RWU organizer Ron Kaminkow said that while the group would like to see Biden mandate paid sick days, they are not going to expend their limited resources trying to persuade the president to do what he could have done during contract bargaining.
“It has the potential to make us some sort of lobby group, and that’s not really what we do.”
He explains that RWU has traditionally been successful at pressuring officials from the different rail unions to work together on issues like preserving two-person train crews.
“I think Railroad Workers United has bigger fish to fry and a more important direction to go in.”
In particular, he said RWU is going to “go notch 8” on its recently announced campaign calling for public ownership of the freight railroads. (Notch 8 is the highest amperage on diesel locomotive engines.)
“The railroad in this country is an anomaly in that it is the only transportation infrastructure that’s privately held, and it’s an anomaly worldwide in that most all railroad infrastructure everywhere else is held publicly.”
Noting how highways, airports, seaports and inland water ways in the United States are already public domains. RWU contends the private corporation ownership of railroads will continue to put profit maximization ahead of safety and efficient transportation.
In the weeks since Biden and Congress prevented a rail strike in the name of avoiding supply chain disruptions, there have nevertheless been multiple disruptions brought on by the rail carriers’ PSR business model.
For example, in late December, Union Pacific failed to deliver multiple shipments of corn to Foster Farms facilities in California, putting thousands of dairy cows and millions of chickens at risk of starving. There have also been several freight derailments around the country, including one that caused an Amtrak passenger train to be stranded for 29 hours.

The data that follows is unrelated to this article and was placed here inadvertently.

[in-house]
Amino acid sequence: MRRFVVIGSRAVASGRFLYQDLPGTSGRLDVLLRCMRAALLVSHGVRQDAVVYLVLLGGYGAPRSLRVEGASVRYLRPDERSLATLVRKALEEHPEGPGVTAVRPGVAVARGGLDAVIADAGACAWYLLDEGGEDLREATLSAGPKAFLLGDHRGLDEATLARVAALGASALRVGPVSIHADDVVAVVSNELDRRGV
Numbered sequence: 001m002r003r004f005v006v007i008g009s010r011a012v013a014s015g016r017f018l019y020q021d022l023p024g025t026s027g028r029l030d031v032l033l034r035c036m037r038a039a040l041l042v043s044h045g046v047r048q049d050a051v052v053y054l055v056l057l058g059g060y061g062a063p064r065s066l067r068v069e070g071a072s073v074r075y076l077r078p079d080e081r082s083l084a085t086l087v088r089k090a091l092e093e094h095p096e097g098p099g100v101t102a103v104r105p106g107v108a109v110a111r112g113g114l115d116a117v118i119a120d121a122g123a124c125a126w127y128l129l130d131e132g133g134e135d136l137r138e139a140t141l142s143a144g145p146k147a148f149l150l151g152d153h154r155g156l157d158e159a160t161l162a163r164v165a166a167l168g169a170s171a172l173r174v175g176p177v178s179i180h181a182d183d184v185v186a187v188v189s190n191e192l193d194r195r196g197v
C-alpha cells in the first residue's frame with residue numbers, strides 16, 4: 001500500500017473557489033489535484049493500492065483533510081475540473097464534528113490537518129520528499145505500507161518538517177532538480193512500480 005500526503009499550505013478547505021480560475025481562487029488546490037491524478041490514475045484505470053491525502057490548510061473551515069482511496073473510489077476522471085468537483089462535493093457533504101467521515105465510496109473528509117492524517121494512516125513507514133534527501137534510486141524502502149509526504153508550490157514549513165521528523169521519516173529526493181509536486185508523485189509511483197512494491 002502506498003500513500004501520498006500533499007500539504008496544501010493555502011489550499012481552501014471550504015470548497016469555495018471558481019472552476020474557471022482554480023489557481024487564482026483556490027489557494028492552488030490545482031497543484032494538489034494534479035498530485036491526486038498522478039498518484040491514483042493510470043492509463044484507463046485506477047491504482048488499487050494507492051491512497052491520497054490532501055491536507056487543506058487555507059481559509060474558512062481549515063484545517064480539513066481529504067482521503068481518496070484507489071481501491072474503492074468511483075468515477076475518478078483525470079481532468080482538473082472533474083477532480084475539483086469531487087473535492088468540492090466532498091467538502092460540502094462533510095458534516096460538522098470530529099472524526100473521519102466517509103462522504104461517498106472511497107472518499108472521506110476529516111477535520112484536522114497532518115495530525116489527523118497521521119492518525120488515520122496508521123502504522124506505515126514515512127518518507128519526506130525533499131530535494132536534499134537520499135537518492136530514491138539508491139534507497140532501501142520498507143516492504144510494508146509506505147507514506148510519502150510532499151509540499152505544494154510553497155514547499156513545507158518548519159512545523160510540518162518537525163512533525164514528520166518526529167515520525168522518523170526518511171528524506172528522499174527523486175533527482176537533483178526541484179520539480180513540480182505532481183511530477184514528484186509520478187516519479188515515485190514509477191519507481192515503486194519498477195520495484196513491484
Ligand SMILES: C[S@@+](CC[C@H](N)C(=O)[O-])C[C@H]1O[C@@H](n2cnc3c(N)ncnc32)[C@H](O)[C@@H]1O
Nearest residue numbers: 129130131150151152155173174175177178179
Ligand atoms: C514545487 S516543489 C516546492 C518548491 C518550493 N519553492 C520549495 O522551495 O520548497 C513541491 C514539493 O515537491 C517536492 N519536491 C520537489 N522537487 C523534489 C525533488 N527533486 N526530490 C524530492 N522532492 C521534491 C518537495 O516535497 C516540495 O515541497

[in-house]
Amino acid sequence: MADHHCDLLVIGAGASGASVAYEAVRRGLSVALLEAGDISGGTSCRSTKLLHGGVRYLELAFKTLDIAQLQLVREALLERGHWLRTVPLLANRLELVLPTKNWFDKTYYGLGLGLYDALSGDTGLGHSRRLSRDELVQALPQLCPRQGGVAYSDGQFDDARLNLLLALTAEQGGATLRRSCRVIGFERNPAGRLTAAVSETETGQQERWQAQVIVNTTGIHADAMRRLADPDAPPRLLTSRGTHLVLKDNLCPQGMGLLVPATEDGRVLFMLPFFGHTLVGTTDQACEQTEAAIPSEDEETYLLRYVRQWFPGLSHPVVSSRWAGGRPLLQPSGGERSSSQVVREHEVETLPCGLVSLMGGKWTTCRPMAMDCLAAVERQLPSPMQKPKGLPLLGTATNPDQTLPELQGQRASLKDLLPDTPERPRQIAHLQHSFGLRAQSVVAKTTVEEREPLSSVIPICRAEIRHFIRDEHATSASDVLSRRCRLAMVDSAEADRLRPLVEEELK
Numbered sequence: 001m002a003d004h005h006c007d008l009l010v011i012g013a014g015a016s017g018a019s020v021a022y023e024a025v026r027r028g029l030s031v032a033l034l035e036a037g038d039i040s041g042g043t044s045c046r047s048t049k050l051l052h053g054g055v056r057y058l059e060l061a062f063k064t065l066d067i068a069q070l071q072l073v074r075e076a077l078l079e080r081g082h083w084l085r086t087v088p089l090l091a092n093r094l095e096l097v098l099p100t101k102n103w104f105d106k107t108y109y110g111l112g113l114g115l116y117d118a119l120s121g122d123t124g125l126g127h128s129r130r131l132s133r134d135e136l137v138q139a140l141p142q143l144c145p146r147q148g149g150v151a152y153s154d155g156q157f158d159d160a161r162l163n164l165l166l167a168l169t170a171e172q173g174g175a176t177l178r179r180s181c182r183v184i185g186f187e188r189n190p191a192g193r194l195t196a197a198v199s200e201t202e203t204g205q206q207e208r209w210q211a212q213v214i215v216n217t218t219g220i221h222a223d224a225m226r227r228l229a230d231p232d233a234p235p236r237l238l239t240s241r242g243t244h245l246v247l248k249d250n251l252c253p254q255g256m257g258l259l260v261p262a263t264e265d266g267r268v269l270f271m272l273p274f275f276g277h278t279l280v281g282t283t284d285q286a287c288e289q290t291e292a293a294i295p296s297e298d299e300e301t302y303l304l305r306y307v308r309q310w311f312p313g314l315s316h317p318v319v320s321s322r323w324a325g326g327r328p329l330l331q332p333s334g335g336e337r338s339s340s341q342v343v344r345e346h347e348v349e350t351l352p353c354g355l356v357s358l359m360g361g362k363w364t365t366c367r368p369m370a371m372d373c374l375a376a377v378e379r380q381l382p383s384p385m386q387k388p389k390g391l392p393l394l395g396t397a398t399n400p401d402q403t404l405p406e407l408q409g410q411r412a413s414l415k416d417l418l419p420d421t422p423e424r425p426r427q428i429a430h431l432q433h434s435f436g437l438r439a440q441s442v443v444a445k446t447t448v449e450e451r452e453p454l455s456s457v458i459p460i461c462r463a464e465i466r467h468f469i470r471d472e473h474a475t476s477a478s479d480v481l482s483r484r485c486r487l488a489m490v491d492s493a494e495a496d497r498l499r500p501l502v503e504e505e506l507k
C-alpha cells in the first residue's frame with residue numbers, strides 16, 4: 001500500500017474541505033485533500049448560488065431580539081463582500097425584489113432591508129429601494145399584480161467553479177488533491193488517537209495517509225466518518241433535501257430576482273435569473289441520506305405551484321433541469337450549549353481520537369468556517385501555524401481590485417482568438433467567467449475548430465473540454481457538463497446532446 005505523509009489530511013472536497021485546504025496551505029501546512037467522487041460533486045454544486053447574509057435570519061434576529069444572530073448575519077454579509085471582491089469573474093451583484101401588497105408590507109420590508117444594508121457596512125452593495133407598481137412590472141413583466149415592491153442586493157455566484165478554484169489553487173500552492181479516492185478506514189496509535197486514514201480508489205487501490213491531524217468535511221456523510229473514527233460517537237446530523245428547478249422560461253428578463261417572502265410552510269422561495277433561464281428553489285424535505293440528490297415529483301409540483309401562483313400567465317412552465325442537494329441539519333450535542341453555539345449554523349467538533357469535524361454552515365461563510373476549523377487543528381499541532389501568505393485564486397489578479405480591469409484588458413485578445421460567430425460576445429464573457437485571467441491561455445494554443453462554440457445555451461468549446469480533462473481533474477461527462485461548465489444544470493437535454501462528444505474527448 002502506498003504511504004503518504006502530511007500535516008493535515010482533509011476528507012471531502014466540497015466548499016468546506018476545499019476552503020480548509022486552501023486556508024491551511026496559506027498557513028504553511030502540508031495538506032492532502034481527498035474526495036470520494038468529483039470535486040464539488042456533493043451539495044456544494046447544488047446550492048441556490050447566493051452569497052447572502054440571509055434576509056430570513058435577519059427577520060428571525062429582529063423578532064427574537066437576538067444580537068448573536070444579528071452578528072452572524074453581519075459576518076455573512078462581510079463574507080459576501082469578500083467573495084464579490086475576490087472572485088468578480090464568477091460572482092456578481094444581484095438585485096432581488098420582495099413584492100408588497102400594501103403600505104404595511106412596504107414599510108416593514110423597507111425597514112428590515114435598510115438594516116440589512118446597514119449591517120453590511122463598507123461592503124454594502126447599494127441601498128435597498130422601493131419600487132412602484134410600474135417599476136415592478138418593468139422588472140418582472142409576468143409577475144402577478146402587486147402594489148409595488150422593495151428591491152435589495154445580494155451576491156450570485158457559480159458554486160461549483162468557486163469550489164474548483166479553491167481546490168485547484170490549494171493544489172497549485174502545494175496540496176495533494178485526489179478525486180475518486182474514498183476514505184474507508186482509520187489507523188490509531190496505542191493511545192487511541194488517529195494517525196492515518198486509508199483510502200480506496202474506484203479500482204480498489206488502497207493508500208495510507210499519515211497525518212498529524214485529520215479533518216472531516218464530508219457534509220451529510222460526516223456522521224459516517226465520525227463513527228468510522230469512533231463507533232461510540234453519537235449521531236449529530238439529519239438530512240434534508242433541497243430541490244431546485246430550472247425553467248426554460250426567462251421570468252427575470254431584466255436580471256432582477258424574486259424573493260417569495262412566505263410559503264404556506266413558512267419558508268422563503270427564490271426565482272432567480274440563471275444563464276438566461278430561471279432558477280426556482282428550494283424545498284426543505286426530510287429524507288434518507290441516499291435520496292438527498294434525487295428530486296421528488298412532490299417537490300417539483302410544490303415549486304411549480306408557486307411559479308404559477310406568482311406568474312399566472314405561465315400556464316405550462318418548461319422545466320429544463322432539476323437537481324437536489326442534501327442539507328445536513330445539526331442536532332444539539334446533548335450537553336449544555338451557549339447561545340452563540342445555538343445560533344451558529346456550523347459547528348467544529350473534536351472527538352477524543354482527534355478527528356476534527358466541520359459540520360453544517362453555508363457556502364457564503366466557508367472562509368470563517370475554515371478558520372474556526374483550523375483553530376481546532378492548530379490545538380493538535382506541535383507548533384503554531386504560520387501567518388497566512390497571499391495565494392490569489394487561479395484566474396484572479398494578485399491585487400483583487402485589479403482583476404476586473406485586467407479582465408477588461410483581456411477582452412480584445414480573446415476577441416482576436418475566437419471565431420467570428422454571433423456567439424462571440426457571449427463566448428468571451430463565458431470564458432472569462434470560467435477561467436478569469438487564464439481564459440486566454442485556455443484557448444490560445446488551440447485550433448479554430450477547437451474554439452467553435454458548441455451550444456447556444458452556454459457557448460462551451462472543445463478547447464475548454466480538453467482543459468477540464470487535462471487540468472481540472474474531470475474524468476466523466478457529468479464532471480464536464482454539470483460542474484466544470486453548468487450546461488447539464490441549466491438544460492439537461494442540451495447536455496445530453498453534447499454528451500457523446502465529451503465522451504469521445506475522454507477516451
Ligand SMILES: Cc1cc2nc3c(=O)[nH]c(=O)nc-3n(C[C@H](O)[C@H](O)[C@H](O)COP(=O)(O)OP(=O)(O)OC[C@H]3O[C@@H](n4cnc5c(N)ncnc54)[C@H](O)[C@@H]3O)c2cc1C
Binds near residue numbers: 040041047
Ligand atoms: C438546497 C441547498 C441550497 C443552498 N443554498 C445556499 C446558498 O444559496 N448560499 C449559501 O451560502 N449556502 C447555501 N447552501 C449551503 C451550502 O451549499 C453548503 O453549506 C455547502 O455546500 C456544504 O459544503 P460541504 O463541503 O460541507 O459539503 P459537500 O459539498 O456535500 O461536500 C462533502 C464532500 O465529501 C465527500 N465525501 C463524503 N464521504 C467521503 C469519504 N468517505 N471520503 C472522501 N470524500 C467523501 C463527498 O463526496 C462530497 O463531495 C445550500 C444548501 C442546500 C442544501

Meanwhile, the growing length of freight trains and increasing the time they block rail crossings, Another symptom of PSR has been blamed for a growing number of deaths. Long trains delay emergency responders such as paramedics and firefighters from quickly getting to where they need to be.
“The Class I railroads have pissed off everyone in the country. RWU will be seeking allies amongst trade unions, passenger train advocates, environmental groups, social justice and transportation justice groups, and so forth in the months and years ahead.”
Ahead of the next round of contract negotiations, workers are hoping that the coalition building they’ve done over the previous year will help build pressure to secure key wins. Yet they also worry about the precedent set by Biden and Congress last month.
“With the [recent] agreement imposed on us, it gives the railroads no reason to bargain in good faith. Why would they make a fair agreement with us when they know Congress will just shove anything up our asses?”
“Pushing Train Crews and Other Railroad Workers to the Brink.” Angry Bear
“Biden Is Breaking His Sick Leave Promise To Crush Rail Workers,” levernews.com
AB; In the past, everyone was complaining about AMTRAK’s poor service. I wonder how a nationalized freight system would work? Some History:
Founded in 1971 as a quasi-public corporation to operate many U.S. passenger rail routes, Amtrak receives a combination of state and federal subsidies but is managed as a for-profit organization. The company’s headquarters is located one block west of Union Station in Washington, D.C.
In October 1970, Congress passed, and President Richard Nixon signed into law, the Rail Passenger Service Act. Proponents of the bill, led by the National Association of Railroad Passengers (NARP), sought government funding to ensure the continuation of passenger trains. They conceived the National Railroad Passenger Corporation (NRPC), a quasi-public corporation that would be managed as a for-profit organization, but which would receive taxpayer funding and assume operation of intercity passenger trains. Amtrak – Wikipedia